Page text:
Early in the spring of 2011, 20-month-old Elijah was a perfectly healthy little boy. His parents, Brenda and Mark, were expecting their second child – Brenda was 33 weeks pregnant. Life was good in Dassel, Minnesota. However, in the time it took Elijah to develop a high fever, their lives would be forever changed.
For reasons unknown, Elijah became incredibly sick on April 20, 2011. He woke up at 3 a.m. with a high fever that wouldn’t break. He was so weak he couldn’t hold his head up and needed to be cradled. Elijah slowly developed a rash of purple spots and eventually couldn’t keep food or water down. Brenda and Mark rushed him to urgent care in Hutchinson, Minnesota. They thought he had chicken pox.
Elijah continued to deteriorate and was air-lifted to Children’s Hospitals and Clinics of Minnesota. He underwent countless rounds of blood tests and his parents anxiously awaited a diagnosis. They learned the rash was due to Purpura (blood poisoning), which ultimately resulted in blisters and ulcerations on Elijah’s skin. The diagnosis was Meningococcemia, a rare, communicable infection. The most common disease presentation is meningitis, but this is not always the case. Meningococcemia can kill more rapidly than any other infectious disease and early recognition is critical. Irreversible shock and death may occur within hours of the onset of symptoms, which is why the decision to rush Elijah to Minneapolis was crucial.
Brenda and Mark would never have guessed they’d be spending the next 12 weeks in the Twin Cities. Their hearts went out to Elijah, his body completely covered in blisters and ulcerations, requiring amputation of his fingers and parts of his feet. During these difficult days, the family found a bright spot in the Ronald McDonald House – located inside Children’s Hospital, Minneapolis.
“Having the support of the Ronald McDonald House was extremely important to us,” Brenda said. “We ended up at the hospital unexpectedly and didn’t plan on staying more than a few days, let alone 12 weeks. To have a safe, comfortable place to stay so close to Elijah meant the world to us.”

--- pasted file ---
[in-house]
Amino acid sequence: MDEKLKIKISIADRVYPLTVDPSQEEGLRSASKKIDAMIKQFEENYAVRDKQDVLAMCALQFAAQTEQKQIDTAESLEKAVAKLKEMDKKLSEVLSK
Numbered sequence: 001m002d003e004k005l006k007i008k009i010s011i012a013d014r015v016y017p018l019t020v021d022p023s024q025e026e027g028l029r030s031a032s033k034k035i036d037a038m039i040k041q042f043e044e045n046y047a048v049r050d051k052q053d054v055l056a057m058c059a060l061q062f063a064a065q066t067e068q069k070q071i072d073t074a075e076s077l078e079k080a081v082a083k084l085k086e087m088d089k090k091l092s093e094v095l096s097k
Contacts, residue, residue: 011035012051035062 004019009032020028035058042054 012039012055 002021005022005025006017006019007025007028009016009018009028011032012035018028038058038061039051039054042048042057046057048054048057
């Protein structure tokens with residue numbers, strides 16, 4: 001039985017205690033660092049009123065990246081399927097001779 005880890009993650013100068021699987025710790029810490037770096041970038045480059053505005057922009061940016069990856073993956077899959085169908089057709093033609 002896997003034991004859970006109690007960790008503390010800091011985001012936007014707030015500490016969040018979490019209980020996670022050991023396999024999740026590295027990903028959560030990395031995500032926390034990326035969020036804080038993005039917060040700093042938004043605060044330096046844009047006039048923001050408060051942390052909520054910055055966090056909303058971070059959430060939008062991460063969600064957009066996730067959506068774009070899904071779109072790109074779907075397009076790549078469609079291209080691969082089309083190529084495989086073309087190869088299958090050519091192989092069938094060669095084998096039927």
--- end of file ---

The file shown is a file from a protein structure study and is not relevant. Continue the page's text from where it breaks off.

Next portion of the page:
Feeling that community of support was incredibly meaningful during the difficult days spent with Elijah in the Pediatric Intensive Care Unit (PICU). “The first few weeks, the volunteer meals were the only time Brenda would leave Elijah’s side to eat,” Mark said. “If only those volunteers knew how much their one meal meant. Having somewhere to get away was important for our mental health. Visiting with other families who were going through a similar experience was encouraging – we didn’t have to be alone.”
In early June, Mark and Brenda were preparing to deliver their second child. They arranged for Elijah’s Grandmother Kim and Aunt Maria to stay at Children’s to be familiar faces for Elijah. Mark and Brenda headed to Waconia, Minnesota and baby Gabriel was born the very next night. Just a few days later, the growing family made their way back to Elijah’s side.
After 10 weeks at Children’s Hospital, Minneapolis, Elijah was ready to rebuild strength through in-patient rehabilitation therapy. Due to his amputations, he had to re-learn to crawl and use his reformed hands. He qualified for a 2-week rehabilitation program at Gillette Children’s Specialty Healthcare in St. Paul. Brenda and Mark were surprised to learn there was a new Ronald McDonald House Charities program inside of Gillette Children’s Specialty Healthcare called the Ronald McDonald Family Room. “The Ronald McDonald Family Room was a great place to get away from the tiny hospital room and visit with other families of kids who were going through something similar,” Brenda said. “That support meant the world to us.”
By the end of rehab therapy, Brenda and Mark were ready to bring the boys home. They had mastered Elijah’s dressing changes and were confident he would continue to progress in their care. At home, the family treasures the little things. Brenda is currently staying with her mother while Mark is on active duty with the Army National Guard. Being far from home for extended periods of time is difficult, but Mark is certain the love within his family is more than most will know in a lifetime.